No, not that way

I ended up accepting $50 from my brother yesterday, enough to pay for a tank of gas and my tolls for the trip, and he bought lunch. When I checked the votes upon arriving at his place yesterday they were pretty overwhelmingly in favor of not charging him, and I apparently phrased the entire thing as more of a fraught decision than it actually was, although I did manage to get him to admit that he didn’t actually expect me to jump at the offer the way I did. I figure we both came out fine; the drive to northern Illinois (what we used to refer to as “north Northytown” when I lived in Actual Chicago all those years ago) is not exciting, but it was definitely nice to get out of the house and it was a fine day to take a long drive one way or another. So all good regardless.

I also got to find out my new nephew’s name, which was surprising but acceptable, which is a nice combination. He’s due in about a month. I’m not sure when we’ll actually get to see the little bugger (although my wife gets her first shot on Tuesday and I get my second one on Thursday, so by the time he’s here we should both be good(*)) but I’m sure it’ll happen soon enough.


I had been tentatively planning on returning to in-person teaching after Spring Break, which is in two weeks. It was “tentative” because me returning means my son also needs to return to in-person instruction at his school, and that’s not a decision I can just cavalierly make on my own, obviously. A week or two ago we got notification from the district that any teachers who were working exclusively from home, all of whom had to provide a doctors’ note to achieve said status, would have to provide a second doctor’s note releasing us to return to work before we’d be allowed back in the buildings.

Okay, cool. Kind of an annoying hoop to have to jump through but my doctor didn’t throw up any roadblocks about the first letter so there’s no reason she’s going to get stubborn about the second one. I mentally filed it away on my List of Adulting To Accomplish and decided to ignore it for the time being.

Then, on Friday, at 4:30– so after everybody would have left the buildings and gone home for the day– we all got a letter from the district informing us that everyone was being “recalled to campuses” after Spring Break, no mention of doctors’ notes made. There was a snotty addendum that if your doctor still doesn’t think you should be on campus to contact Human Resources, but no mention of what had been described to us as a requirement just a couple of weeks before.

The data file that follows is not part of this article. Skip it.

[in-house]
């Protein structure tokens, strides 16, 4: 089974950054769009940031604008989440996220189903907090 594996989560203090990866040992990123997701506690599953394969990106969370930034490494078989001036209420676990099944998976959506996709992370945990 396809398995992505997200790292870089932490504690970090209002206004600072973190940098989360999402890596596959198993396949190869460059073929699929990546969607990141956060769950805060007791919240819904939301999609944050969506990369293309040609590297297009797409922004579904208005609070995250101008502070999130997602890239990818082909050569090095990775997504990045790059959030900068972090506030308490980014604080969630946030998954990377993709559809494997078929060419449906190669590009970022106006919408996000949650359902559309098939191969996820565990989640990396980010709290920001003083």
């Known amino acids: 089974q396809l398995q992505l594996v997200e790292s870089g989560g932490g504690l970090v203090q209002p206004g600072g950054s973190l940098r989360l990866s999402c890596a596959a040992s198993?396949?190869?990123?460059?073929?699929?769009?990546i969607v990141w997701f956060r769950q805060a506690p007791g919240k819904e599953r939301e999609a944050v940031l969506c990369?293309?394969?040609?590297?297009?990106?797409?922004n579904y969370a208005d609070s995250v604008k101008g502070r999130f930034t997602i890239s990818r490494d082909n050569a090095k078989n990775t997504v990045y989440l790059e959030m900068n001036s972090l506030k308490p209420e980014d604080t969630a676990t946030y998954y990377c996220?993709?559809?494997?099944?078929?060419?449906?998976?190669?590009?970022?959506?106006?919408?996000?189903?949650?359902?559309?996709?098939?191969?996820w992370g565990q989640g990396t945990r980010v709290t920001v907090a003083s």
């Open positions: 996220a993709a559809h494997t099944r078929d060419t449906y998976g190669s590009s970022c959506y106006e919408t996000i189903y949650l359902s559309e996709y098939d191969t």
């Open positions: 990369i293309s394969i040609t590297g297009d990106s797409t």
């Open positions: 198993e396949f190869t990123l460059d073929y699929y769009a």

And, like, it’s okay to be pissed about this, right? I mean, I was gonna go back that day anyway, but it’s both deeply annoying and entirely in line with the typical way this district operates that we were first told we had to have our doctors clear us to return into a viral hot zone and then in less than two weeks that requirement was summarily tossed out in favor of an affirmative requirement that we return to school. This after not remotely enough time to collect any data about how things are going in the small handful of buildings that are piloting the four-day returns in the first place.

So, which is it? Did the lawyers decide the district didn’t need their butts covered after all? Was the initial requirement just HR deciding to create a minor pain-in-the-ass task for those of us planning to return just because they could? How much fight is the district planning on putting up when teachers who were allowed to stay home when there were fewer students in-building to be exposed to balk at returning with twice as many students in place?

Has anybody thought about any of this? At all? Bueller?

I don’t understand how we’ve cycled through multiple superintendents, multiple HR directors, multiple School Boards, multiple everything in the time I’ve been working for this district and this pervasive sense of poorly-communicated halfassedness continues no matter what else changes.

But yeah. I’ll be back in a couple of weeks regardless. So will my son, I guess.

(*) I am still unclear as to whether the shots confer any degree of noncontagiousness or simply that they keep the effects of the disease from being that big of a deal if it’s contracted. I know to keep wearing masks and such, and that’s not a problem, but I need to look into whether we’re safe to be around a newborn even if all the adults, at least, are properly vaccinated, and I bet there’s not a ton of data available about that. So it could be a while before we see him in any way other than over Zoom, and I’m not about to try and talk the parents into anything they’re not 100% comfortable with.

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Luther M. Siler

The author of SKYLIGHTS, THE BENEVOLENCE ARCHIVES and several other books.